Education for sustainable development at the University of Tampere

Text: Anna Heikkinen, doctoral student and Saana Raatikainen, environmental coordinator

The University of Tampere (UTA) in Finland is committed to the promotion of sustainable development in research, education and other activities (The Sustainable Development Action Plan). In 2011, UTA joined the Nordic ESDAN project which developed a model for integrating sustainable development in the curricula of universities. At the same time, UTA went through an extensive educational reform.

As a part of the reform, the learning outcomes of sustainable development studies were drafted, and information on all course units on sustainable development offered in the university was gathered together. In all, 100 such course units were found and some of them were chosen to become a part of the multidisciplinary Sustainable development study module (25-35 ECTS). Studies in this module started at the beginning of the spring term in 2013.

One of the learning outcomes of the Sustainable development module is “to make students become interested in a sustainable way of life as well as prepare them to take part, influence and function together with different people in multicultural communities” and that “the student is able to act in a goal-oriented way towards finding solutions that promote sustainable development.” In order to achieve these goals, a course unit on practices that promote sustainable development was designed. This course unit was taught for the first time in spring term 2014.

Course unit on sustainable practices

The course unit on sustainable practices consists of a variety of themes. In 2014, the themes taught in the course included consuming and recycling, waste disposal, food and retailing, people’s relationship with nature and traffic and energy. The course unit was designed to have a hands-on approach and it included field trips to different enterprises. The emphasis was on the students’ own experiences, participation and putting the learning outcomes to practice. For example, the students served fair trade coffee at an Ekokampus info stand during the day the university doors were open to prospective students. Students also participated in the distribution of food items to members of the Student Union’s Organic Food Circle.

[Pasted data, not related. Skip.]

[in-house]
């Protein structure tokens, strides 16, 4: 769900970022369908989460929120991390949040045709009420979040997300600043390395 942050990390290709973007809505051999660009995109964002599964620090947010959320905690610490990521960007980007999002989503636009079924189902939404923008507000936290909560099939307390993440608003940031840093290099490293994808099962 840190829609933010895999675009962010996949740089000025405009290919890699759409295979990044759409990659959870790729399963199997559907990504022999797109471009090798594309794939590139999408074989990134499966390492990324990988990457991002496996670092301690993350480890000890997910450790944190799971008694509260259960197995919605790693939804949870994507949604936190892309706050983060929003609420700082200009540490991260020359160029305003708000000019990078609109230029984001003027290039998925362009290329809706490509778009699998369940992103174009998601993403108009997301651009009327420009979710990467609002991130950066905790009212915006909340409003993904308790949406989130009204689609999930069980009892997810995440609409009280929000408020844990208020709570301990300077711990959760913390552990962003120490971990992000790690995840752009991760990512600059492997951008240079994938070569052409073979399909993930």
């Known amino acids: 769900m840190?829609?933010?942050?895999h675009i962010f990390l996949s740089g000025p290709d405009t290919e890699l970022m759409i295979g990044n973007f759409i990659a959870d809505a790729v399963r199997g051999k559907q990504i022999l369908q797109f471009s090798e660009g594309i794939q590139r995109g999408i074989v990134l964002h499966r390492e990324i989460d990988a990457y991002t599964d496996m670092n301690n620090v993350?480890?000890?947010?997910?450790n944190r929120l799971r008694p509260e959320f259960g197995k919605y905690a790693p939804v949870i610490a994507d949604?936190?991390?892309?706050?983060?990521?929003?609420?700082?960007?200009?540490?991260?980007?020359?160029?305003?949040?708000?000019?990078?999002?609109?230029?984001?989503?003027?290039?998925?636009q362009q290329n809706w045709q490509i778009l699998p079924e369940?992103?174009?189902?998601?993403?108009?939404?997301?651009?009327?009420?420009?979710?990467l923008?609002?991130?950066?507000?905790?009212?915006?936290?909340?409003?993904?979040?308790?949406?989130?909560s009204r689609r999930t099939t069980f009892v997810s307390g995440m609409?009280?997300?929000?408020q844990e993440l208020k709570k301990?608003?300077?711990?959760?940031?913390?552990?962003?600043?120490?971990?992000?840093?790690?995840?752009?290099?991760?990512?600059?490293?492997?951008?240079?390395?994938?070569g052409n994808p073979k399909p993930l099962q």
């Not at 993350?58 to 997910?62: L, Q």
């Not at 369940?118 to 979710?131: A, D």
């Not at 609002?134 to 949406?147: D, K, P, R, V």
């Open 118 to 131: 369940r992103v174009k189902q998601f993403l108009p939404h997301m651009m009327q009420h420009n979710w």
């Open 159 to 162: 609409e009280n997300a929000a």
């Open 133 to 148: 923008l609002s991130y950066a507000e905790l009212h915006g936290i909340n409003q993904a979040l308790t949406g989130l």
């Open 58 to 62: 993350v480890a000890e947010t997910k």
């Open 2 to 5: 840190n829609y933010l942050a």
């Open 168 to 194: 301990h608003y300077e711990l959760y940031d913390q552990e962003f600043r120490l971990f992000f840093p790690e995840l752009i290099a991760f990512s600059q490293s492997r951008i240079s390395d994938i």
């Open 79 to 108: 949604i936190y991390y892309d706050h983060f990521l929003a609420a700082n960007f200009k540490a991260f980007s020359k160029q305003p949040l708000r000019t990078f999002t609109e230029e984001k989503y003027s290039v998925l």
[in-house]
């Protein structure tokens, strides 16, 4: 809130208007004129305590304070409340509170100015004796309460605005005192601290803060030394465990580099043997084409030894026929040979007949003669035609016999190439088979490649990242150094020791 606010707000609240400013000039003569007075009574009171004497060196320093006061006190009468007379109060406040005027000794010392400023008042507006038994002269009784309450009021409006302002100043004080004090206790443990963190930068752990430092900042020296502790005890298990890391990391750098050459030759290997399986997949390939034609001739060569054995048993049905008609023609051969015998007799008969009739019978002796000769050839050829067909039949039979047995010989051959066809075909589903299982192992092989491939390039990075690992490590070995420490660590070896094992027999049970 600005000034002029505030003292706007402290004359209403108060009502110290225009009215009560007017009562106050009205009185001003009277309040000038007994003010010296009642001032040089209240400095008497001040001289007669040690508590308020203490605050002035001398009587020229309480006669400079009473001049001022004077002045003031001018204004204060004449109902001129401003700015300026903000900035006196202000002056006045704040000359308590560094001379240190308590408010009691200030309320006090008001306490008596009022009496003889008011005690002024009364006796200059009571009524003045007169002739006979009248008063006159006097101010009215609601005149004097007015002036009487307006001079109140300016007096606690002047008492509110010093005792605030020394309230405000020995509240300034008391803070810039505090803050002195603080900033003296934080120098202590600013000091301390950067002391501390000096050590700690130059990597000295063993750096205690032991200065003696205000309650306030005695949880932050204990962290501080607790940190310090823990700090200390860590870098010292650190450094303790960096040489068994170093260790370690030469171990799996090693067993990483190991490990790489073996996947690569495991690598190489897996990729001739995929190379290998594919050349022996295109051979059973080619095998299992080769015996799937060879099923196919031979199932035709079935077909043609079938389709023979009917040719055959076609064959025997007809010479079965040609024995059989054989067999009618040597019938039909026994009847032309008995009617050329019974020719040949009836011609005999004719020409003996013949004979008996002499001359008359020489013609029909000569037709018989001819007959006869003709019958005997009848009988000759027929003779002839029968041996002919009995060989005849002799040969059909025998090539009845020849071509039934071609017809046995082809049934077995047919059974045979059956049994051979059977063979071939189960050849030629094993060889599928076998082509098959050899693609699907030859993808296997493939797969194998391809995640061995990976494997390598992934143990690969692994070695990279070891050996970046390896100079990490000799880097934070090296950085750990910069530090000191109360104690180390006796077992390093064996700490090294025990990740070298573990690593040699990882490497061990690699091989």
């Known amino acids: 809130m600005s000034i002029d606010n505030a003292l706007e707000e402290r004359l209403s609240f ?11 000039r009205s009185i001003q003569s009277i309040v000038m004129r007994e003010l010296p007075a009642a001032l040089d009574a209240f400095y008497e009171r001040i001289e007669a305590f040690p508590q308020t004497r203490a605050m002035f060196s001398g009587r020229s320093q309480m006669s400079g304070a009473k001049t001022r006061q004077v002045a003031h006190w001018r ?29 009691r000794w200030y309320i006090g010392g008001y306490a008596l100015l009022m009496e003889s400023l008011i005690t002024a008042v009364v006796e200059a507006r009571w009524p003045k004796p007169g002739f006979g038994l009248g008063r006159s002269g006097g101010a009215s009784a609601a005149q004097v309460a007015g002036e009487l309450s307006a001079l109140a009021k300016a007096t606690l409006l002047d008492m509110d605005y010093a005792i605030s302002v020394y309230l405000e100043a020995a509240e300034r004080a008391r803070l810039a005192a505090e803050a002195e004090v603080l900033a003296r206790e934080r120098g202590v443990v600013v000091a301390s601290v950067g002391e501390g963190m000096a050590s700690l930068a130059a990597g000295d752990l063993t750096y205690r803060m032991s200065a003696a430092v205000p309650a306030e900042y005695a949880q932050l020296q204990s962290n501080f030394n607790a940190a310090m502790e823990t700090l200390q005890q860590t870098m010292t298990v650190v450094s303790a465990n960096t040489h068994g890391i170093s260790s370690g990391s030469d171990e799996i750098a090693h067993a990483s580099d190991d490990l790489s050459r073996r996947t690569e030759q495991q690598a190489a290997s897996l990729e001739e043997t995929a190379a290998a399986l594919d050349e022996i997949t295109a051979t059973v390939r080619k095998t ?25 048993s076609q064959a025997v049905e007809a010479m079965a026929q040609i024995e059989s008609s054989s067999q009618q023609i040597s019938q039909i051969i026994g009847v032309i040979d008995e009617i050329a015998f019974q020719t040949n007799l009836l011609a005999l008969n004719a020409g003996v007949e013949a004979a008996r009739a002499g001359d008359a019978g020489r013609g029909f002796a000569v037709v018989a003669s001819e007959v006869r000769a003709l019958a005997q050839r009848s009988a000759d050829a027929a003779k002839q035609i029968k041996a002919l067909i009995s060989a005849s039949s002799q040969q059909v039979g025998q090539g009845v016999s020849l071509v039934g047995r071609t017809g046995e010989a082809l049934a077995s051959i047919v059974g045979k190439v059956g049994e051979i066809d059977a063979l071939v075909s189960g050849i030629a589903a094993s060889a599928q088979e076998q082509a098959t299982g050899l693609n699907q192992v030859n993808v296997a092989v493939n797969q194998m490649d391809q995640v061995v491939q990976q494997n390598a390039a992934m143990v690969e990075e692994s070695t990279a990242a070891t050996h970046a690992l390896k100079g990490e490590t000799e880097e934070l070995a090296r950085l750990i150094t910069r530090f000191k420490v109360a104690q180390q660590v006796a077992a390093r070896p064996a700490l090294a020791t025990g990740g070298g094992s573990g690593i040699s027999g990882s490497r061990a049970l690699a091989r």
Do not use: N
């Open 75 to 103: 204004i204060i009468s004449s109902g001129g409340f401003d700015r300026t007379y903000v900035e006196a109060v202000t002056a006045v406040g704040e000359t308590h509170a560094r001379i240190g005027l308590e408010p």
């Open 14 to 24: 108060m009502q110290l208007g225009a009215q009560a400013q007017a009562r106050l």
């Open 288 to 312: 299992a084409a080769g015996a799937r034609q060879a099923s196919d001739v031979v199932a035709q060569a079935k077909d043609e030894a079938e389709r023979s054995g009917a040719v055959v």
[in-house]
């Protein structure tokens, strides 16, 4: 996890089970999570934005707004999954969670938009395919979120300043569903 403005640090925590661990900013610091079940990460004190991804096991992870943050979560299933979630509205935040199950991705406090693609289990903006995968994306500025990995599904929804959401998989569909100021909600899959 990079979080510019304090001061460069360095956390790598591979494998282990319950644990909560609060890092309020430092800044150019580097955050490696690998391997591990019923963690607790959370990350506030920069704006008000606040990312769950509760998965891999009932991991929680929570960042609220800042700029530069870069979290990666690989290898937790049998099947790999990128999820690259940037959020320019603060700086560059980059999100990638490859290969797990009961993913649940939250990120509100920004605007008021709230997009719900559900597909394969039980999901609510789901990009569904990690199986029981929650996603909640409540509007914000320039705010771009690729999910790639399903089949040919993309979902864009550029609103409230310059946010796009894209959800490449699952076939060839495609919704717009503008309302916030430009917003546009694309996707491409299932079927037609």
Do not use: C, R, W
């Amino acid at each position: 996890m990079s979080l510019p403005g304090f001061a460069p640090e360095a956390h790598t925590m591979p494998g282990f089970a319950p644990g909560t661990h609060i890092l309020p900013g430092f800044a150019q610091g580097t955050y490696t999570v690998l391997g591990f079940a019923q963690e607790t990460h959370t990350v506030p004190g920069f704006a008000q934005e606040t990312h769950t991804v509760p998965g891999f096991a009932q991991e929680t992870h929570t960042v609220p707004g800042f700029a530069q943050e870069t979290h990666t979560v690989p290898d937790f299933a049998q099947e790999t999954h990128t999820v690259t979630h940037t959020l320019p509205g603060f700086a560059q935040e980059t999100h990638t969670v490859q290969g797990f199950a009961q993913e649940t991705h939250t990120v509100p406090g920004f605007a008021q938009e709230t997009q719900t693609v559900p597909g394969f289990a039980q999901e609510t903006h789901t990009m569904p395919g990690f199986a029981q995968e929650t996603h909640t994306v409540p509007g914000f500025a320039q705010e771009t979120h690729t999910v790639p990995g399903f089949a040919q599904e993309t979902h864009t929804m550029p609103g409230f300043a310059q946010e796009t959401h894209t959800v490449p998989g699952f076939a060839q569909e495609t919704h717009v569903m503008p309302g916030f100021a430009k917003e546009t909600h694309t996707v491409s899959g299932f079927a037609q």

During the course, the students kept a learning diary. The form of the diary was free and the students were able to choose to do a traditional learning diary or a blog, a film, music video or some other way to present their diary.

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Developing the course unit further

In the feedback the students said they found the course to be inspirational and motivating and a nice departure from regular university studies. In particular, the students liked the field trips and the exercise on people’s relationship with nature which was conducted by an environmental psychologist. The students wished that they had had more time for discussion and for going through the exercises they did as independent study.

The learning diaries, blogs and other student presentations were carefully crafted and inspiring to read. In future, the plan is to bring the presentations available to other students and possibly collect them into a poster session or a course blog. In addition, the aim is to make the university’s activities on campus a more integral part of the course. For example, the students could audit and further develop the sustainable development work undertaken by the university.

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